Executing 17 defendants in Kerdasa case violates Egypt’s penal code

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The Egyptian authorities’ execution of 17 people last week revealed that the Ministry of Interior had made flagrant legal violations of articles contained in the Criminal Procedure Law.

The Egyptian authorities carried out the death sentence by hanging against 17 opponents of the military coup against the late President Mohamed Morsi in 2013. The case is known in the media as “storming the Kerdasa Police Station.”

Many human rights defenders and activists confirmed that the defendants did not have a just trial. Article (472) of the Criminal Procedure Law stipulates that “relatives sentenced to death must meet him on the day set for the execution of the sentence, provided that this is far from the place of execution.” This has not taken place, which represents the first violation of the law.

According to a statement by the “Stop the Death Penalty in Egypt” organisation, the death sentence was carried out without informing their relatives of the execution date and not allowing them to see them. The same article also states that “if the religion of the convict imposes confession or other religious obligations before death, the necessary facilities must be made to enable a cleric to meet him.” No one met the sentenced that day. The third offence was according to Article 474 of the same law when it said that “the execution of the death penalty must be in the presence of one of the attorney general’s attorneys. The lawyer of the convicted person must always be authorised to attend.”

In clear violation of the last paragraph of the article, the Egyptian authorities carried out the verdict when none of the defendants’ lawyers were authorised to attend the execution of the sentence, according to what was confirmed by the Stop the Death Penalty in Egypt organisation.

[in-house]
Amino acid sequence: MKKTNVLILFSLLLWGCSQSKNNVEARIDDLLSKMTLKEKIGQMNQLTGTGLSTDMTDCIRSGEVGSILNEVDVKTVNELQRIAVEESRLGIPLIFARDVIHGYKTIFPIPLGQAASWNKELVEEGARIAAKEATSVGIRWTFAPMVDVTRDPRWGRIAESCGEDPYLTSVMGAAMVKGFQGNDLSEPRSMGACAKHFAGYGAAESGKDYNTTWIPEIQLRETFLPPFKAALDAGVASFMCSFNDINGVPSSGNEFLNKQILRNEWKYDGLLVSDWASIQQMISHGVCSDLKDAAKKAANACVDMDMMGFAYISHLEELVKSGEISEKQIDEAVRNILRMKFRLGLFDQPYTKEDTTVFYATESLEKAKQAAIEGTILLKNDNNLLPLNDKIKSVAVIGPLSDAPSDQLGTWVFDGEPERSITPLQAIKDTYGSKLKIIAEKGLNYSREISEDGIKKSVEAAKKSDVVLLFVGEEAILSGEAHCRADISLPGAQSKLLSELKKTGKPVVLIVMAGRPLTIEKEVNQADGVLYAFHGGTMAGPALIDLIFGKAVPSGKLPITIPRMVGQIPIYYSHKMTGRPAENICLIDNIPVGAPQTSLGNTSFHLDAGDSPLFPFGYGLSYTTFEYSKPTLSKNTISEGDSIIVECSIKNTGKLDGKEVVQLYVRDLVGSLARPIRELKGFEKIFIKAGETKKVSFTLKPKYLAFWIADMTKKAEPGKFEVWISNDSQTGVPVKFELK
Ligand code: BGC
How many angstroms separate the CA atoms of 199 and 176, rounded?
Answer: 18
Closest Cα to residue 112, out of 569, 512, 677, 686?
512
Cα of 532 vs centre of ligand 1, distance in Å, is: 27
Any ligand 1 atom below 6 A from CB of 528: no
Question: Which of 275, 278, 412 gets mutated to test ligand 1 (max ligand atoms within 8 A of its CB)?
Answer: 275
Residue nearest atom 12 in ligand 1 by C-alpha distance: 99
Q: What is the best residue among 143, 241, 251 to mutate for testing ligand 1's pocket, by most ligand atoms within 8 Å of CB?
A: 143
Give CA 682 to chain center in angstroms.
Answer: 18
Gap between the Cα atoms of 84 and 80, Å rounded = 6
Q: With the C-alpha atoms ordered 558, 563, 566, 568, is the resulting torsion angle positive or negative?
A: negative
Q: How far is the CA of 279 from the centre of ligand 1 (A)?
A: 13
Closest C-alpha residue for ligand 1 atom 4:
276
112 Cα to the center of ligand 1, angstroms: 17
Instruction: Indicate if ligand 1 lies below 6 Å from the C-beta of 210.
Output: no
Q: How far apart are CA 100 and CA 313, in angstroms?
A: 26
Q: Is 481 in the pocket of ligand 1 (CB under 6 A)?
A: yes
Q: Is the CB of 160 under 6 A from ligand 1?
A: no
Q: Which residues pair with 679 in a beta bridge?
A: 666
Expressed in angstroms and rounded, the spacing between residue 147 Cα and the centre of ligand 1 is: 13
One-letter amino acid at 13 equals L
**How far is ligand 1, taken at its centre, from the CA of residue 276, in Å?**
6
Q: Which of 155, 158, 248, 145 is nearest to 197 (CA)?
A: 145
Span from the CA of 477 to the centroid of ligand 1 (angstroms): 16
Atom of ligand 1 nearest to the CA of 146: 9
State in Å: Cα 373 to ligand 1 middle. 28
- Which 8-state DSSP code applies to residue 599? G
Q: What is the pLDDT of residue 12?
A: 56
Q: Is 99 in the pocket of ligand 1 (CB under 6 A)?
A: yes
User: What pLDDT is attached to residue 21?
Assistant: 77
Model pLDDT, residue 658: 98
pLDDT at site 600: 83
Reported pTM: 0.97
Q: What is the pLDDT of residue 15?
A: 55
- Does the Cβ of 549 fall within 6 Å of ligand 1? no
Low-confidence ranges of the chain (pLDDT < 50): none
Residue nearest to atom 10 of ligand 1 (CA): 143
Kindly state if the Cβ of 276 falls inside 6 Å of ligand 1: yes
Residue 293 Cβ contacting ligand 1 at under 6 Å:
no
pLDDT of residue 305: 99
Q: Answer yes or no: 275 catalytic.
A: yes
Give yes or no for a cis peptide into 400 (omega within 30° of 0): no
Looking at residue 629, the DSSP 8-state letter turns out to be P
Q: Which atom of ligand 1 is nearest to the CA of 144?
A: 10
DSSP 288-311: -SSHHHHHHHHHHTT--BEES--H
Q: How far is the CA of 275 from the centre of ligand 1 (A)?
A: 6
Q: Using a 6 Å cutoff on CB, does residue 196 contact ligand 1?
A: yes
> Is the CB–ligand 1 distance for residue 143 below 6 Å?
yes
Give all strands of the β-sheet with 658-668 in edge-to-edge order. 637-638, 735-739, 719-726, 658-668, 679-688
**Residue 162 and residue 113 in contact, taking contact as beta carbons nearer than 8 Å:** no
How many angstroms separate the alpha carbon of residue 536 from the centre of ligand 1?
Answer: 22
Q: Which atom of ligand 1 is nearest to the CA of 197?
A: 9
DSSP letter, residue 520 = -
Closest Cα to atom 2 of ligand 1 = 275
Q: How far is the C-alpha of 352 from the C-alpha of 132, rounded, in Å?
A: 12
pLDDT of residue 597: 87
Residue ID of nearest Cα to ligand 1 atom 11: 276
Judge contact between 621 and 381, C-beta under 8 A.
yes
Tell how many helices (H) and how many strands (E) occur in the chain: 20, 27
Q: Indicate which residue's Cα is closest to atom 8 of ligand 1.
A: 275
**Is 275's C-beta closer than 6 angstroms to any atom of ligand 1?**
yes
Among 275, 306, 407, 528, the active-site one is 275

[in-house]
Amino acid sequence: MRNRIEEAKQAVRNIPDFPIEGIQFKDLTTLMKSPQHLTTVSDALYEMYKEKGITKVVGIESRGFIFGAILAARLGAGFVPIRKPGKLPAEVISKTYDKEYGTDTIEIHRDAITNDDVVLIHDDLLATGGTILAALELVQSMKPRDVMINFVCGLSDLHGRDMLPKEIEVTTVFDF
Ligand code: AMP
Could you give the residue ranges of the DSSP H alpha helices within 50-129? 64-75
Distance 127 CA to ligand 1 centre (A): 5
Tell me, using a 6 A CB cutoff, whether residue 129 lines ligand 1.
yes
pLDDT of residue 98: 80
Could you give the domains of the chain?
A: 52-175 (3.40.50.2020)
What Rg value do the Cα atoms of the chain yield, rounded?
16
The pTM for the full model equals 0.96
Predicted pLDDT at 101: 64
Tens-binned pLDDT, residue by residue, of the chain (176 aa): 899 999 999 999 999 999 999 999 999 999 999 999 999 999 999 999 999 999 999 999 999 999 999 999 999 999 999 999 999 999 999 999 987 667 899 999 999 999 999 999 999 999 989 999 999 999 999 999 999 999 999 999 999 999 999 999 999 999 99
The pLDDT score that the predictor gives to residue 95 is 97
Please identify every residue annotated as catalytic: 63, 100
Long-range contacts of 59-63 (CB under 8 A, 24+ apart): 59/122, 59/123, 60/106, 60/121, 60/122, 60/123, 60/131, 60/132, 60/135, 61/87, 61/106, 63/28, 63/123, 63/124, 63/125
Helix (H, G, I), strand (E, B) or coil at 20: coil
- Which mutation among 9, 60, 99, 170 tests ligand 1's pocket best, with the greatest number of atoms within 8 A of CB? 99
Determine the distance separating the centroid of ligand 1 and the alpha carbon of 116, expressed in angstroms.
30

The organisation quoted one of the attorneys who was contacted by the campaign as saying that the families had received phone calls from the prison administration to inform them that they had received the bodies of their relatives from the morgue. The campaign said that “since early October 2020, and until now, it has monitored many cases in which death sentences were carried out without informing the families or lawyers of the execution date.” It continued, “No one can truly understand the procedures that were followed before and during the execution, such as interviewing the religious preacher.” It added, “The behaviour of the Ministry of Interior in this regard is in violation of the right to make information available and circulate it, which undermines the transparency and integrity of the criminal justice system in Egypt in the case of executions.”

Although Article (475) of the same law stipulates that “the death penalty may not be carried out on official holidays or holidays related to the religion of the convicted person,” the article did not specifically mention the month of Ramadan. That makes the execution of the judgment during the holy month not against the law. However, Stop the Death Penalty in Egypt said in its statement that it is customary for the Prisons Authority sector in the Ministry of Interior to not carry out death sentences during the month of Ramadan. The campaign said that fasting is an important religious ritual given its spiritual importance, and the days of fasting also have a special sanctity for all religious sects.

During the past years, many countries, international bodies, and human rights institutions have called for a moratorium to implement the death penalty as a criminal deterrent and replace it with penalties, such as life imprisonment or working for public service and other alternatives. In its approved annual resolution, this matter was confirmed by the United Nations General Assembly issued in January 2018, which called for a moratorium on the death penalty worldwide, which had the support of 121 countries.